Pompeo has just proven once again that there is nothing the Trump administration won’t do to cover for Saudi Arabia as it prosecutes the atrocious U.S.-backed war on Yemen:
Secretary of State Mike Pompeo has blocked the inclusion of Saudi Arabia on a U.S. list of countries that recruit child soldiers, dismissing his experts’ findings that a Saudi-led coalition has been using under-age fighters in Yemen’s civil war, according to four people familiar with the matter.
Pompeo has made a habit of overruling State Department experts when their recommendations don’t line up with the administration’s preference for giving the Saudis whatever they want. Last fall, he overruled them to make the bogus certification that the Saudi coalition was making an effort to reduce civilian casualties, and now he has overruled them to pretend that the Saudi coalition doesn’t use child soldiers when there is ample evidence that they have been doing that for years. All parties to the conflict have recruited child soldiers, and the Saudi coalition is no exception. There is no good reason to keep Saudi Arabia off the list of countries that engage in this awful practice, and so we are left to assume that Pompeo is doing it as a favor to a despotic regime because it happens to buy a lot of U.S.-made weapons.
Secretary of State Mike Pompeo has taken the extraordinarily unusual move of traveling to Miami to meet with (and browbeat?) heads of US Centcom and Special Operations Command. Are military leaders balking as neocon plans for “tactical assault” seem to be gaining ground? Where’s Trump? Where’s Congress? Where’s the Pentagon? Who’s in charge? Tune in to today’s Ron Paul Liberty Report:
Secretary of State Mike Pompeo’s rush to judgement that Iran was behind the apparent attacks on two tanker ships last week has not galvanized world opinion against Iran, as the neocons hoped. Instead, it was met with high skepticism even among Washington’s closest allies. Has the neocon practice of massively exaggerating and endlessly issuing threats finally destroyed US credibility on the world stage? On today’s Ron Paul Liberty Report:
Iran hawks are always saying that they don’t want war with Iran, but somehow they always end up advocating for attacking Iran. Bret Stephens did that again yesterday:
Nobody wants a war with Iran. But not wanting a war does not mean remaining supine in the face of its outrages. We sank Iran’s navy before. Tehran should be put on notice that we are prepared and able to do it again.
When denying that they seek war, most hawks usually put some distance between their pro forma denial and their demand for unleashing havoc, but Stephens doesn’t want to wait. Calling for the U.S. to threaten sinking the Iranian navy is to demand that our government threaten massive escalation and the initiation of a major war over relatively minor incidents. It is also calling for putting thousands of US sailors in grave danger. The US Navy presumably would prevail in any fight, it would come at a much higher cost than most Americans expect. Harry Kazianis wrote an article for The American Conservative about the wargame he participated in that simulated a war with Iran in the Persian Gulf, and the results were very ugly:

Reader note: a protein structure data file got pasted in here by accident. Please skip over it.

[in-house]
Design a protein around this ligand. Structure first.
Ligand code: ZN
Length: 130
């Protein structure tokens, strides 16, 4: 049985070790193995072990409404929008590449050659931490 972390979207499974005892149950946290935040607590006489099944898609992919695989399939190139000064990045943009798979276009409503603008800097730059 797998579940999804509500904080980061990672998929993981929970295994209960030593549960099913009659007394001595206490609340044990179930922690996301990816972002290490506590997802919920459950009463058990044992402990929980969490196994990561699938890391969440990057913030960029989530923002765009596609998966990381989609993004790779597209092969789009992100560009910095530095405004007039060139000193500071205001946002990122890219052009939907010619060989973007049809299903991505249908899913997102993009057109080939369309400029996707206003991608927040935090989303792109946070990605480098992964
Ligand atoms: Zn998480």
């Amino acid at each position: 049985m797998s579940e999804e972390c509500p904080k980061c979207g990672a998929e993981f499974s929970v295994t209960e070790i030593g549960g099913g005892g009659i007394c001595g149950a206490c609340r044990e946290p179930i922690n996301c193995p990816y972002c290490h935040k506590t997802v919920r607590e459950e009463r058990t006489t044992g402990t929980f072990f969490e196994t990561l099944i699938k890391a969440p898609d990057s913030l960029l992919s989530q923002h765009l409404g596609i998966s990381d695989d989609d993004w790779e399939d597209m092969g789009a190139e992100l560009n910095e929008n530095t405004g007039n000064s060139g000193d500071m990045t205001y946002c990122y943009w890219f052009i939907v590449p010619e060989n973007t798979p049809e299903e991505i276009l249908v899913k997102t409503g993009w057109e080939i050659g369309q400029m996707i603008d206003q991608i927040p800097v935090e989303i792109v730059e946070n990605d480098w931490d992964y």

Then Iran decides such an action cannot be allowed to stand, and decides to make a statement that not only is its military powerful, but it can cause serious damage to US naval assets in the region. They counterattack with a massive volley of anti-ship missiles pointed at the ultimate symbol of US military might: America’s only aircraft carrier operating in the region. Firing over 100 missiles, the carrier’s defenses are overwhelmed and the 100,000-ton vessel is destroyed, with over 2,000 sailors and airmen lost.
Iran doesn’t stop there. To make clear that it won’t tolerate any further US military operations against its forces, Iranian conventional attack submarines – purchased from Russia – launch a series of attacks on US surface combatants in the Persian Gulf. While Tehran loses two of its prized subs, one American Littoral Combat Vessel is sunk, with over 62 sailors killed.
There is no compelling reason for the US to go to war with Iran. What US interest is served by courting such a disaster? When we strip away the nonsense about a “pirate state,” Stephens doesn’t have an answer for that. If the US weren’t strangling Iran’s economy with unwarranted sanctions and inflicting collective punishment on the Iranian people, our governments wouldn’t be on a collision course. Instead of additional threats that will only worsen the tensions between the US and Iran, our government should be looking for a way to backtrack and de-escalate the situation as quickly as possible. The danger is that the Trump administration may be incapable of doing that after investing so much in their bankrupt Iran policy.
This morning on Antiwar Radio, I’ll be playing my interview of the Great Gareth Porter from Friday — interview #317 of Gareth, and number 5,000 overall since 2003 (including now my long-lost first interview from 1999.)
Sen. Rand Paul argues for stopping US arms sales to Saudi Arabia, Bahrain, and Qatar.
Shortly after, the Senate voted down bills to block these arm sales. The bills were expected to pass, but following the unattributed attack on two Oman oil tankers this morning, some senators switched sides to kill the bills.